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posted by martyb on Wednesday May 23 2018, @09:57AM   Printer-friendly
from the Spaaaaaaaaaace! dept.

Ariane chief seems frustrated with SpaceX for driving down launch costs:

[...] chief executive of Ariane Group, Alain Charmeau, gave an interview to the German publication Der Spiegel. The interview was published in German, but a credible translation can be found here. During the interview, Charmeau expressed frustration with SpaceX and attributed its success to subsidized launches for the US government. [...] Even as Charmeau decries what he calls subsidies for SpaceX from the US government, he admits that Ariane cannot exist without guaranteed contracts purchased by European governments. To make the Ariane 6 vehicle viable, Charmeau said Ariane needs five launches in total for 2021 and eight guaranteed launches for 2022.

[...] Charmeau said the Ariane rocket does not launch often enough to justify the investment into reusability. (It would need about 30 launches a year to justify these costs, he said). And then Charmeau said something telling about why reusability doesn't make sense to a government-backed rocket company—jobs. "Let us say we had ten guaranteed launches per year in Europe and we had a rocket which we can use ten times—we would build exactly one rocket per year," he said. "That makes no sense. I cannot tell my teams: 'Goodbye, see you next year!'" This seems a moment of real irony. Whereas earlier in the interview Charmeau accuses the US government of subsidizing SpaceX, a few minutes later he says the Ariane Group can't make a reusable rocket because it would be too efficient.

China's first private rocket reaches 127,000 feet on maiden flight:

OneSpace Technology Co., a Beijing-based aerospace company, has successfully launched a suborbital rocket. This was the first flight for China's commercial launch sector.

[...] The mission was designated OS-X0 as it was the first test launch of OneSpace's OS-X rocket. During the flight, the launch vehicle reached an altitude of 127,106 feet (38.74 kilometers) and had a top speed of more than 5.7 times the speed of sound. This was confirmed by Shu Chang, the company's founder and CEO.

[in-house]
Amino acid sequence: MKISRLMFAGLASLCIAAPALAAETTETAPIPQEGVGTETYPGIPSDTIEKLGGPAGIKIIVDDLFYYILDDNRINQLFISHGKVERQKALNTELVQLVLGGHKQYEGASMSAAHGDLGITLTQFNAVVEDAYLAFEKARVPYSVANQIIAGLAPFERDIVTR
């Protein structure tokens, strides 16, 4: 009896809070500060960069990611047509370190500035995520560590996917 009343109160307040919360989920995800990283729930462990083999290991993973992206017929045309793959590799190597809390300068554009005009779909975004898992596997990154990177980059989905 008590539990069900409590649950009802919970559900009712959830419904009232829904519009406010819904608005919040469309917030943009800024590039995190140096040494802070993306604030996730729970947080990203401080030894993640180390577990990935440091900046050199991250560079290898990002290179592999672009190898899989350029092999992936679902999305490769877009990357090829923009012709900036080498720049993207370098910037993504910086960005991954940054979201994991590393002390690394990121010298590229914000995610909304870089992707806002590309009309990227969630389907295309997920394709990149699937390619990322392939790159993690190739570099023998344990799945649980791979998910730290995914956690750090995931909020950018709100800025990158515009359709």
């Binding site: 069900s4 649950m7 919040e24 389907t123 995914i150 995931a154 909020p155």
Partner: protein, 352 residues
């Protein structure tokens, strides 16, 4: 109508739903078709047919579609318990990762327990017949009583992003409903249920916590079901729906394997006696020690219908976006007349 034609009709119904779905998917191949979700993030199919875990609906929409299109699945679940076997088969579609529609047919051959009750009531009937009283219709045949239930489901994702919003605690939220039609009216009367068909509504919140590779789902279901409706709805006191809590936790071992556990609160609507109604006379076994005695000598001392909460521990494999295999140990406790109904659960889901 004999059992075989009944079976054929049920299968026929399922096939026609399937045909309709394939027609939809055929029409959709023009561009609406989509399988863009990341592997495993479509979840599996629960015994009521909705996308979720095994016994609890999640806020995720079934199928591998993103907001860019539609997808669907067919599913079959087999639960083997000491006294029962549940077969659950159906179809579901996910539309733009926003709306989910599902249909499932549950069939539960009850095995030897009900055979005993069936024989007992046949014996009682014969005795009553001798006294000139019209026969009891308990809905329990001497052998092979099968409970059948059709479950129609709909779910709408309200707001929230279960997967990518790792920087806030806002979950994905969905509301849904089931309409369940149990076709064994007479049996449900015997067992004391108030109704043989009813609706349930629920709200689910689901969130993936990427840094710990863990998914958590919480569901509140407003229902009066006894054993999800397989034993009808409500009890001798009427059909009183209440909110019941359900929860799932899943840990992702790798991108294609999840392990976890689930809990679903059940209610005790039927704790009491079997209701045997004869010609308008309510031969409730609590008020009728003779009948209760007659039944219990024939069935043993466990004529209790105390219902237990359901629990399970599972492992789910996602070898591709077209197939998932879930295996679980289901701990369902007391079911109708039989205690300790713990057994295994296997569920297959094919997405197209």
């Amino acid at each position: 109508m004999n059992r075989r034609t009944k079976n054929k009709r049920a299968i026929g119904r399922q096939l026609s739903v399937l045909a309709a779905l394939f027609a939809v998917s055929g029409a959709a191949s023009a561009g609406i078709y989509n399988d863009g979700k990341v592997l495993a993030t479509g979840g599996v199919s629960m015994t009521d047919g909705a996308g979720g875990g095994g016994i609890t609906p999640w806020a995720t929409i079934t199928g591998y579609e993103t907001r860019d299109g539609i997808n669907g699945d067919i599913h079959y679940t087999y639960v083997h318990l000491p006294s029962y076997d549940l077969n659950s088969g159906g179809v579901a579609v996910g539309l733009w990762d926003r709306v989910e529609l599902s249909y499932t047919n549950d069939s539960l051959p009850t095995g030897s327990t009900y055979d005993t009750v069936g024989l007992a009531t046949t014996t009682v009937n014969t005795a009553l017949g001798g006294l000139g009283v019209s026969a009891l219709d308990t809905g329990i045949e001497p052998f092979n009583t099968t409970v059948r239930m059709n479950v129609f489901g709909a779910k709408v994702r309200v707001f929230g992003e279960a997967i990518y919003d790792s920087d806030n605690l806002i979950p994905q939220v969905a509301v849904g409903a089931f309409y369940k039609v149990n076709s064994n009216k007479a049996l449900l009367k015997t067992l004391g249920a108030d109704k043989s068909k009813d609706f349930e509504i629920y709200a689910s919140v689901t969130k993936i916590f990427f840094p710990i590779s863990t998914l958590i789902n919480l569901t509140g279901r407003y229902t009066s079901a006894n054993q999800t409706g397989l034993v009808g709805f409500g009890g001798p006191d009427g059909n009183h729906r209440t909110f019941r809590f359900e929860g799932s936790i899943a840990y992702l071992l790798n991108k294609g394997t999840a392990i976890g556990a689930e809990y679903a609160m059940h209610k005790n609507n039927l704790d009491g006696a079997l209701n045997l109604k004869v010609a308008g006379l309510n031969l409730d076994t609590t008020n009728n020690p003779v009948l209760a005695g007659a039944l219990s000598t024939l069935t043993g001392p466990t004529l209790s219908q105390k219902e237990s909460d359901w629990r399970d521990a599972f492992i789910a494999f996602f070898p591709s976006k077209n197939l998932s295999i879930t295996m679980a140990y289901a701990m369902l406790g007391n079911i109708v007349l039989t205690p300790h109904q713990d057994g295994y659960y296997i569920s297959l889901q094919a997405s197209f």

[...] OneSpace is not the only Chinese private company developing launch vehicles. Last year, Link Space, another Beijing-based startup, presented the design of its New Line 1 reusable rocket. That company is targeting 2020 for the first orbital flight of its booster.

Although the Space Launch System's promoters are focusing on the vehicle's payload capacity to trans-Lunar injection orbit, NASA now claims that the SLS Block 1's payload to LEO may be greater than the 70 metric tons originally estimated. This comes as the SLS project has been negatively compared to SpaceX's Falcon Heavy:

While a comparison between NASA's SLS Block 1 and SpaceX's Falcon Heavy is often made, the gulf between the two has actually widened. As the Block 1 design has matured, the agency has refined the vehicle's capabilities by a significant amount. Though NASA prefers to position SLS as a deep-space rocket, [Spaceflight Insider] sought a clarification of the vehicle's capabilities to a more common destination for rockets: low-Earth-orbit (LEO).

NASA replied: "Now that the SLS design has matured and the program has more data as a result of progress with hardware manufacturing and testing, our current analysis shows the Block 1 configuration of SLS can deliver an estimated mass of 95 metric tons (209,439 pounds) to low-Earth orbit based on a 200 by 200-kilometer orbit with a 28.5 degree inclination, which is a commonly used orbit in the industry for estimating performance."

See also:

Here's China's plan to compete with SpaceX and Blue Origin:

How China plans to challenge SpaceX with reusable rockets: State contractor says its first reusable rocket could come in two years

Union votes to end ULA strike


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  • (Score: 2, Disagree) by RamiK on Wednesday May 23 2018, @12:44PM

    by RamiK (1813) on Wednesday May 23 2018, @12:44PM (#683086)

    You think this is a software company and having 2-3 times the labor force automatically means 2-3x the production costs? This is a rocket. Having 30 guys retrofitting a "reuseable" rocket or 100 guys building a new rocket can sway either way depending on parts and labor costs. Especially considering all the material wear those rockets go through.

    Rockets and boosters are basically long tubes with fans and fuel tanks. Even if you can somehow make them last a half dozen launches, it's REALLY cheap just building new ones and scrapping the old ones for the metal. Just ask the Russians...

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